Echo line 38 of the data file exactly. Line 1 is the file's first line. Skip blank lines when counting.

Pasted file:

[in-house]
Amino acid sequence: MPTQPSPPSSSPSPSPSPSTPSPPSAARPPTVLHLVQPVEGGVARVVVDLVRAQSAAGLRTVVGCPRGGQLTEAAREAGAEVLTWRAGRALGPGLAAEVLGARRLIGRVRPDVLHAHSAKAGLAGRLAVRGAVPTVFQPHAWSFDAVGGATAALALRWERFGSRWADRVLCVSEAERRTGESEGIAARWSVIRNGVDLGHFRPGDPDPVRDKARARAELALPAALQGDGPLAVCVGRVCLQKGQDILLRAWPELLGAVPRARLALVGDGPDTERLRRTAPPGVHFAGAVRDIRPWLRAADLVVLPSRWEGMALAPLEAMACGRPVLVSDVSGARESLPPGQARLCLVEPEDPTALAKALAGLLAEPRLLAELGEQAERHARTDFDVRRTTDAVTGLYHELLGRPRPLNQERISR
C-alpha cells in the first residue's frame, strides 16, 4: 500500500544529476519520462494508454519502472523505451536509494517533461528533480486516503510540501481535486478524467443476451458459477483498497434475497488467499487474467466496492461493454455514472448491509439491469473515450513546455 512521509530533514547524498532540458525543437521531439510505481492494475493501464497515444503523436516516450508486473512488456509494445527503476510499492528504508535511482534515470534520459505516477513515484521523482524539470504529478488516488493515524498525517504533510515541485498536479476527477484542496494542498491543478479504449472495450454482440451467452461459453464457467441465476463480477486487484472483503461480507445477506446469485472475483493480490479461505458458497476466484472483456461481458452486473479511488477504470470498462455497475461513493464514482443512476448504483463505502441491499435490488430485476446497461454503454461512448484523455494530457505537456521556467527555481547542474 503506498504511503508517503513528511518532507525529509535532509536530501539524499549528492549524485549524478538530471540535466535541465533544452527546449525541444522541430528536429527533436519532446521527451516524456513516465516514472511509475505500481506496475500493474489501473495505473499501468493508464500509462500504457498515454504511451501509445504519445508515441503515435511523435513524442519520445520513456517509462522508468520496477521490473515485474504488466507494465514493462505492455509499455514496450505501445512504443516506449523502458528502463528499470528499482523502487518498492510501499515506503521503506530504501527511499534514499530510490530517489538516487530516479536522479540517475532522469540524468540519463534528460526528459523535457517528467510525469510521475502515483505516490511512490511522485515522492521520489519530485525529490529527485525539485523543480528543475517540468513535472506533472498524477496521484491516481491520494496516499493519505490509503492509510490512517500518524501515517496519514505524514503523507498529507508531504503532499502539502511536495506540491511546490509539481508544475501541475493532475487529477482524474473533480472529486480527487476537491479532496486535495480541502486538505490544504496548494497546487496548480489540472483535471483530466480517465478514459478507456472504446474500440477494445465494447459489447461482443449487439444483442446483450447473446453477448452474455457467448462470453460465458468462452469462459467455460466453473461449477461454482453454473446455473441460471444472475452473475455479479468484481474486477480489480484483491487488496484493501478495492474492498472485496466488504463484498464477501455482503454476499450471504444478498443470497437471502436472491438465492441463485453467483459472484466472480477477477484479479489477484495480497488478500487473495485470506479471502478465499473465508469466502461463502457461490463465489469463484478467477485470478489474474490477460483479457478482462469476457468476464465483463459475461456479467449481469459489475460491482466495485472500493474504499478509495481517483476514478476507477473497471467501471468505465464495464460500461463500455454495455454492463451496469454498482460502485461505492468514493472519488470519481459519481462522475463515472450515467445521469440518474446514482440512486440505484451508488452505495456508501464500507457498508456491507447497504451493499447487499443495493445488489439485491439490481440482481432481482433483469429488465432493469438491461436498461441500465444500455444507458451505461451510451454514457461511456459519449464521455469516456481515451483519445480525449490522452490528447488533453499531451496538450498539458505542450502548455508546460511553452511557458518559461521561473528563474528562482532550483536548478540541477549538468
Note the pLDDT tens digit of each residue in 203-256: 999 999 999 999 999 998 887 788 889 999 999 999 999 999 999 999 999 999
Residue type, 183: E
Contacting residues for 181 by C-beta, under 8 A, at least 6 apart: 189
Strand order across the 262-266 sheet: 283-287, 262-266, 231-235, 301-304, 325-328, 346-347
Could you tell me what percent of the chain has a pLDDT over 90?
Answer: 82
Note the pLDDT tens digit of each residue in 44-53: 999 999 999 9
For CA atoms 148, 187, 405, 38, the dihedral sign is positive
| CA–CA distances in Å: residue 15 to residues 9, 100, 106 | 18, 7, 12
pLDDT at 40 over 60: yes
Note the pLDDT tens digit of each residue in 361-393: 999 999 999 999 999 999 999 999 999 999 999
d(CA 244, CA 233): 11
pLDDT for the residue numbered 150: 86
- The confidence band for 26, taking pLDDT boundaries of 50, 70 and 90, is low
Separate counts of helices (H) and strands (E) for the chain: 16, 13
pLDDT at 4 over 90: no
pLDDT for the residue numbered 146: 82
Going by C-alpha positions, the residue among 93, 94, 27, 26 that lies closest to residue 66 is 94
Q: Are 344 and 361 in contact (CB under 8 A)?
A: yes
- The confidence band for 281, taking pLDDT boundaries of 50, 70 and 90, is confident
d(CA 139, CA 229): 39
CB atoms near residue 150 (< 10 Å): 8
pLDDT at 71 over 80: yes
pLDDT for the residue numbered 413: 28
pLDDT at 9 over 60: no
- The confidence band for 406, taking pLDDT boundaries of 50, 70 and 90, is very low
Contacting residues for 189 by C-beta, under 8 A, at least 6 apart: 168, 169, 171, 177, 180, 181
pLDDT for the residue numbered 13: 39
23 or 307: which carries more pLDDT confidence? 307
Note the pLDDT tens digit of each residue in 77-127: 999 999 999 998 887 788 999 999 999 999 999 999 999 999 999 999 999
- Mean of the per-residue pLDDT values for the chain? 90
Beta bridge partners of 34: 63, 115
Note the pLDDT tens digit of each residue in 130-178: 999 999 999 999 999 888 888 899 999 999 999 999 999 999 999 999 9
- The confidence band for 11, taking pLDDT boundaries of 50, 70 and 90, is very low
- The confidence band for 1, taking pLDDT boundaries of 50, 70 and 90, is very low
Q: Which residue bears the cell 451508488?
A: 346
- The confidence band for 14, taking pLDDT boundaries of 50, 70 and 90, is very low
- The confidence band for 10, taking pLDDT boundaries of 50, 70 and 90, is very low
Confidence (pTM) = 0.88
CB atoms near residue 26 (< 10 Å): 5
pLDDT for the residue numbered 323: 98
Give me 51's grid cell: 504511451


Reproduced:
- The confidence band for 11, taking pLDDT boundaries of 50, 70 and 90, is very low